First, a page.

Launched earlier this year, Exhibit A Books is an independent imprint bringing together a stable of up-and-coming crime authors working in popular areas of crime fiction, but aiming to bring something a little different to the shelf. One of them is the Edinburgh writer JB Turner whose debut novel Hard Road we reviewed a couple of weeks ago. He’s taken the tone and intrigue of those great conspiracy films of the 1970s and combined them with the action and gusto of more recent crime fiction. If you can imagine Jack Reacher hunting down Carlos the Jackal, you’re in the right ballpark. We caught up with him long-distance from his family holiday in the Outer Hebrides…
What did you do before becoming a crime author?
I was a newspaper journalist in Edinburgh and latterly worked for a news agency where I was providing news and feature stories to major national newspapers in the UK. In the early years of writing my book, I also did a bit of freelance journalism, but now I’m a full time author.
What made you decide you wanted to write conspiracy thrillers?
Crime fiction I love, and thrillers. The conspiracy angle probably comes from my the unsettling, paranoid and conspiratorial atmosphere cultivated in 1970s films like All The President’s Men, The Parallax View and The Conversation. These films came out around the time of Watergate, and a few years after the assassination of JFK, Robert Kennedy and Martin Luther King, set against a growing loathing of government for the Vietnam War. There was a feeling that people didn’t trust their government as they did, say, back in the 1950s or before. And the viewpoint that a democratically elected government could be acting against the wishes and interests of its people, struck a chord. Still does.
Tell us a little about the series characters you’ve created in Hard Road?
Jon Reznick is an uncompromising ex-Special Forces operative who is now a government assassin. He lives alone in Rockland, Maine, his only daughter at a boarding school. His late wife, Elisabeth, died on 9/11. FBI Assistant Director Martha Meyerstein is a workaholic, estranged from her husband, and pours all her energy into her work. But in Hard Road, she strikes up an extraordinary partnership with Reznick and finds herself pushing the boundaries of the rules she has always worked with.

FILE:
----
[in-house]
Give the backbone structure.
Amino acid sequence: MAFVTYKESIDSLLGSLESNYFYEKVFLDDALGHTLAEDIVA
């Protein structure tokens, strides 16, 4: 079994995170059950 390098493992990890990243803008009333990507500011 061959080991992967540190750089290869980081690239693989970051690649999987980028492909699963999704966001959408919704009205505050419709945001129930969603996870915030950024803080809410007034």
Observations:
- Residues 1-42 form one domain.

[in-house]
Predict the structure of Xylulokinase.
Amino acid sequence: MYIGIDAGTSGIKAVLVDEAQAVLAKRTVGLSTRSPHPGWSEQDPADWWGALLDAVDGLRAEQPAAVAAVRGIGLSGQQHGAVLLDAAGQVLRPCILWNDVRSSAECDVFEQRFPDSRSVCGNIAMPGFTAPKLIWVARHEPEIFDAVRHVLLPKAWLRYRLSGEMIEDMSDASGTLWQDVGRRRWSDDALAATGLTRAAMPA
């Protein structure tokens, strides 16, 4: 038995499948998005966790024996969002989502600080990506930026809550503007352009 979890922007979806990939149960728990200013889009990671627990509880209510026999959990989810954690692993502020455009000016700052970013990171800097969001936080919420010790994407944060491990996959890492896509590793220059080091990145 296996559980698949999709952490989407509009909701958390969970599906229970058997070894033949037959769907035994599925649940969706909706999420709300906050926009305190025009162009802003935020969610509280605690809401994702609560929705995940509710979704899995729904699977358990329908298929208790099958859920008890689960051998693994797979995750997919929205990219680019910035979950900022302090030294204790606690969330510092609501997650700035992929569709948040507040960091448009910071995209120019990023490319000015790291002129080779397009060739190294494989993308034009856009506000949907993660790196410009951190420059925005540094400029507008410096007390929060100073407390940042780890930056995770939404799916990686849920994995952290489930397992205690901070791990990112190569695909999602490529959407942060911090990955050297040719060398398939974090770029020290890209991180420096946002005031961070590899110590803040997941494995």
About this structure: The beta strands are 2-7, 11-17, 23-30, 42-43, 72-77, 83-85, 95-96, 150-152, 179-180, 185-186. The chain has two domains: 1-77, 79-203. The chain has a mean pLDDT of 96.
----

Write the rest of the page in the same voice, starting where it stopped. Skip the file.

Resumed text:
Reznick is almost an anti-hero, the sole point of his moral compass being his daughter Lauren. Were you ever tempted to back off a bit and soften him at all?
Not at all. He compartmentalises his work and his life. He does what he has to do. And he doesn’t let anyone in to his world.
How did you research Reznick’s clandestine world, involving the CIA, NSA, Special Forces and so on?
It takes a lot of time and research. I visited the FBI in Miami and their HQ in Washington DC. They were incredibly helpful. Special mention also to Miami-Dade and Miami Beach police. I also read books on the FBI, the CIA, and articles on the NSA. A former Delta operator, Larry Vickers, helped out with a couple of technical queries. But there were also countless other people I spoke to in confidence. People in the military, in government. Newspaper articles on geo-politics and national security were also invaluable, especially the Washington Post series of articles, Top Secret America. And of course, the Internet. A brilliant resource for any writer.
You have a lot of fun with the technology in Hard Road. The encryption programmes, sleep sprays, poison pens and mobile geotagging software seem like they’re from James Bond, though perhaps they have more of a basis in reality. What was your inspiration for this?
Researching the subject was fascinating. When you look into assassinations, how they are carried out, not only is it extremely unsettling, but there are countless ways to go about it. I found the myriad articles on the Dubai assassination of Mahmoud Al-Mabhouh, co-founder of the military wing of Hamas, to be invaluable to my research. With regards sleep sprays, the use of Fentanyl and other opiates as part of planned assassinations is quite well known, to incapacitate the planned victim. With regards to encryption programmes on cellphones, numerous technical articles and research online helped out with that. I also spoke to an international hacker who was most helpful. I found mobile phone geotagging rather interesting. Basically, from a photograph taken on a cellphone, the location where it was taken can be accessed, if the settings are not adjusted to ensure anonymity. So, in Hard Road, Reznick is able to track down a Haitian gangster simply from a cellphone photograph.
Who are your literary influences?
My influences are James Ellroy, James Lee Burke, Richard Stark, John Buchan, Jack Kerouac and George Orwell – especially 1984.
What do you have coming up next, and will we meet Reznick and Meyerstein again?
Hard Kill is out in July 2014, the follow up to Hard Road. And yes, both Reznick and Meyerstein will be major players in this book.
And how is it up in the Hebrides?
This is the first time we’ve been to the Outer Hebrides – one of the most beautiful and beguiling places I’ve ever seen. Can’t wait to go back. Harris and the beaches are the finest I’ve ever seen. A great place to get way from our 24/7 culture. And the landscape and isolation and locale has definitely provided inspiration for the plot for the third Reznick book!